In early March 2021, Niger held a Presidential election and the country’s first peaceful transition of power, thanks to the outgoing President, Mahamadou Issoufou. Since being elected in 2011, Issoufou has served two terms (10 years) and has now stepped down as President, respecting the constitutional term limit he has fulfilled, a regard increasingly forgone in many countries on the continent. This means Niger will have the first democratic transition between elected leaders since it became independent from France more than 60 years ago. If the transition is successful, could Niger be a shining example to the rest of Africa?
At the end of February, Niger’s top court confirmed Mohamed Bazoum’s victory in the Presidential election, allowing the ruling party candidate to be sworn into office in April. However, while a peaceful democratic transition is set to take place, the result of the Presidential election was contested by opposition parties. Bazoum won 55.6 percent of the vote while the opposition received 44.34 percent of the votes cast. Former President and opposition candidate, Mahamane Ousmane claimed election fraud, saying he had narrowly won with 50.3 percent of the vote. However, the court said in a statement that it had cancelled the results from 73 polling stations, which very slightly reduced Bazoum’s vote tally. Whether or not there was fraud in this election, it is still very promising that we will see a peaceful democratic transition of power happening in Niger.
If Issoufou really wanted to remain in power, he could have easily copied other Presidents across West Africa and simply amend the constitution so he could extend his time in office and essentially rule for as long as he wanted. But according to Issoufou it was his convictions that would not let him do so. In an interview he stated, “I respect the constitution. I respect the promise I made to the people of Niger who have given me the honour of leading them for two terms. This decision is in line with my convictions and my vision of what Niger’s democratic future should be.” However, one could very much argue that a $5m leadership prize was a significant motivation for Issoufou. In order to be consider for the Ibrahim Award for African leadership, Issoufou had to leave office at the end of his original term. Undeniably, Issoufou was a strong contender for the award, as he inherited one of the poorest economies in Africa and had significantly improved and developed Niger’s economy, but the $5m prize would have certainly ‘sealed the deal’. Regardless of the motivations behind the decision to step down, the democratic transition is still promising, nonetheless.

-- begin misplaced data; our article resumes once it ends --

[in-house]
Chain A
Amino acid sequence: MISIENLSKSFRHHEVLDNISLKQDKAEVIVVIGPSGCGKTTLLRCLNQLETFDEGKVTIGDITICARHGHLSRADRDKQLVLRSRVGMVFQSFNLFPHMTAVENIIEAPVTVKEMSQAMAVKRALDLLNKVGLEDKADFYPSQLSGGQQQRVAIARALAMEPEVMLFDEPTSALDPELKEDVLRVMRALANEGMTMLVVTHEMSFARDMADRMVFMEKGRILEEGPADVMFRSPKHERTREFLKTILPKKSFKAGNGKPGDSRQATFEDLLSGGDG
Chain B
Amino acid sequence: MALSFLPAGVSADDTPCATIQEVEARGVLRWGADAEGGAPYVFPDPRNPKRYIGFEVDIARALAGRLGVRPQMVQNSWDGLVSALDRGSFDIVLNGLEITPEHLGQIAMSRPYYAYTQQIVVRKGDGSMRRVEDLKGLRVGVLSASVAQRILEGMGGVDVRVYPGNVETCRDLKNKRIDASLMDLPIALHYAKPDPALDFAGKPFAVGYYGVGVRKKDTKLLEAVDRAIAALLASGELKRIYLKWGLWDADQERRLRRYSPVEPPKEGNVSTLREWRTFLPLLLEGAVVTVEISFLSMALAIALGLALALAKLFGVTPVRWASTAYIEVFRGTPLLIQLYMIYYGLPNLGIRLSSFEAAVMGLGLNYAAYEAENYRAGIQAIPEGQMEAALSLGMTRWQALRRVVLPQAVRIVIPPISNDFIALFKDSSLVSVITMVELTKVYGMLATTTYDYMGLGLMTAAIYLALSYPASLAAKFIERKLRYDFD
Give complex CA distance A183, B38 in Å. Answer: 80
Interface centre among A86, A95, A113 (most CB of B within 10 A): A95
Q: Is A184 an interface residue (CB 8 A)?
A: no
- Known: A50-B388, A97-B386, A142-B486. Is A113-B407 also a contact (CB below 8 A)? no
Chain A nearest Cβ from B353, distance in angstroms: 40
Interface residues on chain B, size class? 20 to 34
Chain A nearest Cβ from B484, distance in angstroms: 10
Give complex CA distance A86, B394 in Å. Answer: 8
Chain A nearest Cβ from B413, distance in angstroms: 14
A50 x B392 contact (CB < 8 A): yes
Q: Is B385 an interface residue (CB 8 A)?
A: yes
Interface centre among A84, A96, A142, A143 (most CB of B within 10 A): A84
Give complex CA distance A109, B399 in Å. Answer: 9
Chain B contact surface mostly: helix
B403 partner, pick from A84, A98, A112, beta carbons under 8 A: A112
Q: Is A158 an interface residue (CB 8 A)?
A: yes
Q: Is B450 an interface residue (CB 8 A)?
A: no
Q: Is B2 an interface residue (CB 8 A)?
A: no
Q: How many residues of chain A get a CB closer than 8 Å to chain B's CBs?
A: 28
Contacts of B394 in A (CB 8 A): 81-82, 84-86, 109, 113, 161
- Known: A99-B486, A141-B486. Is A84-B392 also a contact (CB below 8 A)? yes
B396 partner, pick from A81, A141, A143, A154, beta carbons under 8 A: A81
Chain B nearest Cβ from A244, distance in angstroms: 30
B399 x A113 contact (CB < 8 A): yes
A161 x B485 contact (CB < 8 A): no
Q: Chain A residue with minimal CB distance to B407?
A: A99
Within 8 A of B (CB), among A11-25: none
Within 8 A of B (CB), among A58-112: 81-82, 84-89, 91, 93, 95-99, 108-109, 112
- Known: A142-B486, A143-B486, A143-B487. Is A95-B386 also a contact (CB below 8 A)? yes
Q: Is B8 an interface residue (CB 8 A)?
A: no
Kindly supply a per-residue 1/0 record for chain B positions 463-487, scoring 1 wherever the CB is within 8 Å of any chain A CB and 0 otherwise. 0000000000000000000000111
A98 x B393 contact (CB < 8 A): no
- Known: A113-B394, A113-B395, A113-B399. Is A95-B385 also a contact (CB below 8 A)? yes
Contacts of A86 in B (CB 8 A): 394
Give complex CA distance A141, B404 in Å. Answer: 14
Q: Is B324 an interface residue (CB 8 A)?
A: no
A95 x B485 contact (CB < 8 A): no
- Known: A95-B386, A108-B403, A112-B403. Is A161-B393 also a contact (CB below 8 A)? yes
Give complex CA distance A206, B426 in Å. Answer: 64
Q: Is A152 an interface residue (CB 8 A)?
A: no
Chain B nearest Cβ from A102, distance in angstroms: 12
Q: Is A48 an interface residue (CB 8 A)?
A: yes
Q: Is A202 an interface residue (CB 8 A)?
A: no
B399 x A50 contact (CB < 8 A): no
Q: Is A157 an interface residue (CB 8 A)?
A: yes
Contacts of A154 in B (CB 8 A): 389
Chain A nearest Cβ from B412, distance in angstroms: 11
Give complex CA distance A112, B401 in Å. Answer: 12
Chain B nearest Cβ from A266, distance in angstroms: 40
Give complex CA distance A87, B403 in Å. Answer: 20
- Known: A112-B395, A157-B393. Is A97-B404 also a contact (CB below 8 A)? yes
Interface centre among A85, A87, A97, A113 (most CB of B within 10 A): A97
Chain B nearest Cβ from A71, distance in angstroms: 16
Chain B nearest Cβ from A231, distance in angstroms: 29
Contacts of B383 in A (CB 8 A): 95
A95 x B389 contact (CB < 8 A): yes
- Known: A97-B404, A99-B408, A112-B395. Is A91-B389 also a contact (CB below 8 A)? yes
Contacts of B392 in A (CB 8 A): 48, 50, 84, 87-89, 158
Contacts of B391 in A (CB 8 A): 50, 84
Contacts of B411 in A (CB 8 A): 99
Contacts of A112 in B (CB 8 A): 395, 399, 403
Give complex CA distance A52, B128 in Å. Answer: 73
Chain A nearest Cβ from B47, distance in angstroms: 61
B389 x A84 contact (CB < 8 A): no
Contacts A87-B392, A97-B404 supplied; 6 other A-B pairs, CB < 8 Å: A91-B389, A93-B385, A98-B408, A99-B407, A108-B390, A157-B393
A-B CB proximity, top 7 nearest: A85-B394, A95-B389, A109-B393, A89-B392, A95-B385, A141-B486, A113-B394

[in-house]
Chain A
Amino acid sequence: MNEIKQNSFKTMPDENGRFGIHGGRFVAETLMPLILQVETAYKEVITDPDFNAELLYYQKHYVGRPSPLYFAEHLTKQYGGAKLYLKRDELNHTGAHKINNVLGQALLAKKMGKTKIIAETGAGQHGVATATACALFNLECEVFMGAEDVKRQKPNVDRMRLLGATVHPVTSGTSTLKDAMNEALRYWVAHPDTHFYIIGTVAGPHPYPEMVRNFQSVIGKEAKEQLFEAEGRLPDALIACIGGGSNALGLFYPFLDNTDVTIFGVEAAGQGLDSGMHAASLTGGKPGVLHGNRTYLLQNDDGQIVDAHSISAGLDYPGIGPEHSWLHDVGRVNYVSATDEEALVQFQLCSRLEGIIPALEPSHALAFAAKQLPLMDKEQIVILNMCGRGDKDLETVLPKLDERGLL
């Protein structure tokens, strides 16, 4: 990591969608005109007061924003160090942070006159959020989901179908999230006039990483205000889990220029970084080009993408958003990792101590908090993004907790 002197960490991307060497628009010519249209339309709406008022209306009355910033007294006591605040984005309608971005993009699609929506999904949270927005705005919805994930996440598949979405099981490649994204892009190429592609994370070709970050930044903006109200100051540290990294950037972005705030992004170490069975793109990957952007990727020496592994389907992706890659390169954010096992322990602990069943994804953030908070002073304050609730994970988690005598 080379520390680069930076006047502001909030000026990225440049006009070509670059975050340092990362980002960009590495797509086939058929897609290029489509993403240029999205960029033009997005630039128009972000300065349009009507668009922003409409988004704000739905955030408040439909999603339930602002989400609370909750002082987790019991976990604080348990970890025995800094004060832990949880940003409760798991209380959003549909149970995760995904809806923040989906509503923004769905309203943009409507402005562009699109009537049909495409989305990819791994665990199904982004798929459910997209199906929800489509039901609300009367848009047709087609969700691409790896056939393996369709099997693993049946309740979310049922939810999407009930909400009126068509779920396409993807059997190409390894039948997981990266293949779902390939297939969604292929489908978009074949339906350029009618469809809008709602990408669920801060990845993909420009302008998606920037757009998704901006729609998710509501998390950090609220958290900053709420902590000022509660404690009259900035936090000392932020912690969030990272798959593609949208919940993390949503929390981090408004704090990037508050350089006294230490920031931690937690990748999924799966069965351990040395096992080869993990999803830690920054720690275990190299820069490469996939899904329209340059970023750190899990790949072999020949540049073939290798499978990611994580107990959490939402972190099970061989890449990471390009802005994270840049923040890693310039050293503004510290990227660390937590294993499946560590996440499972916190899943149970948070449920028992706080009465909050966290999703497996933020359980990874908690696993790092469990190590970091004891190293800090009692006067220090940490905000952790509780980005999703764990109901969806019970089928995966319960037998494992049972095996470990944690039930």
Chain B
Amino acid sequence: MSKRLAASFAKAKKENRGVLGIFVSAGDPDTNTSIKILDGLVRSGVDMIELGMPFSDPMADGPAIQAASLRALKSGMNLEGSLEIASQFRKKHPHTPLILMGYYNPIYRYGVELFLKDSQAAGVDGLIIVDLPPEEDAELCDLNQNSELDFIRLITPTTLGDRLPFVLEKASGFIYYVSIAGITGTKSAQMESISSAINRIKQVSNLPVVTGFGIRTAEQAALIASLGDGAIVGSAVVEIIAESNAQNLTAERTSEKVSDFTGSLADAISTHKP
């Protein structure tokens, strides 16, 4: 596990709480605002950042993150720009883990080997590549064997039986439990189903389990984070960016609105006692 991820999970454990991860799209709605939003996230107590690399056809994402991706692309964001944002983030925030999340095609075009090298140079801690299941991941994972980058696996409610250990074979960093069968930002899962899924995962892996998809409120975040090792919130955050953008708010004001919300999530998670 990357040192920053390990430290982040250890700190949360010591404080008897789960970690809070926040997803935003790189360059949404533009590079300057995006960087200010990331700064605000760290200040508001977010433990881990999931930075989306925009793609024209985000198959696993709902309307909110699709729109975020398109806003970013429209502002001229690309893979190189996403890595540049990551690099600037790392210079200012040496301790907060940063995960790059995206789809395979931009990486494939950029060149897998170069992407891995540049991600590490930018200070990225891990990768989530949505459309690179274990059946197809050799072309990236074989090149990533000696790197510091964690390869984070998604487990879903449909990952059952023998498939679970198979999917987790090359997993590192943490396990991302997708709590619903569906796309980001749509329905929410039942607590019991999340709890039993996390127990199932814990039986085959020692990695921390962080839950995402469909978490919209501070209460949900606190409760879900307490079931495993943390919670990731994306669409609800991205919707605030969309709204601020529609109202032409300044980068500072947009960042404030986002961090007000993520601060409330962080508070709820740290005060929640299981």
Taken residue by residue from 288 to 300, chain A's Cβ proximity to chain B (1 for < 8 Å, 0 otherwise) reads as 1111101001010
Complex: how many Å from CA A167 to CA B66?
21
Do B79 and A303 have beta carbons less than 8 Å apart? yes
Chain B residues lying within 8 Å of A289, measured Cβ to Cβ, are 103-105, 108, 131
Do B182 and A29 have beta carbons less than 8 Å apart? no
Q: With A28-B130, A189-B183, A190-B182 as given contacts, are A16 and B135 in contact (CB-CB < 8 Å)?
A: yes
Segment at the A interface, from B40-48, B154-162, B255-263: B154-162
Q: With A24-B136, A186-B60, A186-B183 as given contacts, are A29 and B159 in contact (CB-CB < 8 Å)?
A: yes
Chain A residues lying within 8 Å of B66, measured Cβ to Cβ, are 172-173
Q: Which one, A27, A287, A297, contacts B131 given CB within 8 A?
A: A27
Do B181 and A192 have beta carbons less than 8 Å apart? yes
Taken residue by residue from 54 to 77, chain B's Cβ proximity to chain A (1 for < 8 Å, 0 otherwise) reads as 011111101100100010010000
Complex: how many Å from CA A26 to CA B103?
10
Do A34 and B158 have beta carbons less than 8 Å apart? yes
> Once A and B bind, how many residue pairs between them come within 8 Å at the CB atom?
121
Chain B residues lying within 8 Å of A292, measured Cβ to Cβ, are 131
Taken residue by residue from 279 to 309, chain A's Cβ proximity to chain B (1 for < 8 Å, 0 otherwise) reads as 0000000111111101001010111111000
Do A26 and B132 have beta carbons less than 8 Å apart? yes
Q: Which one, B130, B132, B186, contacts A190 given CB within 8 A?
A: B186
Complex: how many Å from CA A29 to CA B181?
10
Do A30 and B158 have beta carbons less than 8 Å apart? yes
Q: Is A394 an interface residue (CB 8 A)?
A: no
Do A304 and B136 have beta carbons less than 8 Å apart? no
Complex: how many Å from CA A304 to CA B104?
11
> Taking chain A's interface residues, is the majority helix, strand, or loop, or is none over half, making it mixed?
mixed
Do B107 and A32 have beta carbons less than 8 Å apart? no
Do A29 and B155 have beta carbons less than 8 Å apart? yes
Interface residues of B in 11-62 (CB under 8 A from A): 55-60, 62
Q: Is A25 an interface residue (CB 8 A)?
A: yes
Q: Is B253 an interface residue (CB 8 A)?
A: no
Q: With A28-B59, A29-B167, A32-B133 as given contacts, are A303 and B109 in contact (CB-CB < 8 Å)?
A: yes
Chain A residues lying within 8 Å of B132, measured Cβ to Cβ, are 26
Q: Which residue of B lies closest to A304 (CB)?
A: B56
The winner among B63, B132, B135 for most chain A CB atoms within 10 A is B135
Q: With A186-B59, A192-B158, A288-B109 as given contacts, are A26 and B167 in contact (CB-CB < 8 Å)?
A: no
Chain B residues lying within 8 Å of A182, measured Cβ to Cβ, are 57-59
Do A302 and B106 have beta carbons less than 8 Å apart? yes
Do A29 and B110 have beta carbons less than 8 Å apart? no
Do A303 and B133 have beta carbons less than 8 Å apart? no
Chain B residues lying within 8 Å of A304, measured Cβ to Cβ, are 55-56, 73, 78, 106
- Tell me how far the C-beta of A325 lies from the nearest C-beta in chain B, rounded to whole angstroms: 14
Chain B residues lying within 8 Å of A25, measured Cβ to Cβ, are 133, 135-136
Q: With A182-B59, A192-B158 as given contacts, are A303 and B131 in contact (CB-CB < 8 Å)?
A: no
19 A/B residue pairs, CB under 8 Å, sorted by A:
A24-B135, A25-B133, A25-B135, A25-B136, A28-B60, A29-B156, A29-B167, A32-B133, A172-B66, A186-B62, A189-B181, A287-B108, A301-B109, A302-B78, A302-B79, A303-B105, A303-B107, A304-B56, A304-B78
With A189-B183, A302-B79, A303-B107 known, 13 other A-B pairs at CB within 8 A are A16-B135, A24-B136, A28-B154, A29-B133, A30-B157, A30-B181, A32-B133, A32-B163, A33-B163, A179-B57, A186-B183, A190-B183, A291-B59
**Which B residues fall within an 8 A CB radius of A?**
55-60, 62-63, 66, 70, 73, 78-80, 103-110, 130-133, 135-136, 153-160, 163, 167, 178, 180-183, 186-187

The peaceful, democratic transition of power in Niger is certainly a contrast to what is happening in neighbouring countries. For example, both Benin and Chad are set to have Presidential elections in April 2021. Benin’s President, Patrice Talon has said he is running for a second term in Benin’s Presidential elections despite him promising that he would not seek a second term. Now that he has broken this promise and will be appearing on the ballot paper in April, the people of Benin are rightly unhappy to say the least with this decision. Unfortunately, Chad is in a similar situation. Current President Idriss Deby was nominated by his party to run for a sixth term as President. This resulted in hundreds of people breaking out onto to the streets in the capital N’Djamena, setting fire to tyres and chanting, “No to a sixth term” and “Leave, Deby!”. However, unlikely as this is to occur in time for next month’s Presidential elections in both nations, hopefully the people of Chad and Benin see Niger as an example of having peaceful democratic transition of power and demand for that to happen in their country.
If Niger stays on this democratic path, and there is a knock-on effect from the peaceful transition of power, we could see Niger become more democratic and hopefully less corrupt. If this is the case, then the opportunities for businesses to operate in Niger would be immense. It would become easier to penetrate the market and have longevity there. Foreign businesses would not have to be as cautious when it comes to dealing with corrupt institutions and personnel if it reduces due to the democratisation. Additionally, firms in sectors, such as infrastructure, that have to bid to win government contracts, would not have to worry as much about corruption and bribery when it comes to the allocation of said contracts. Obviously, this democratic transition of power does not necessarily mean that the whole of Niger is suddenly going to rid corruption and become a ‘western style’ democratic nation overnight. However, Niger is on the right path.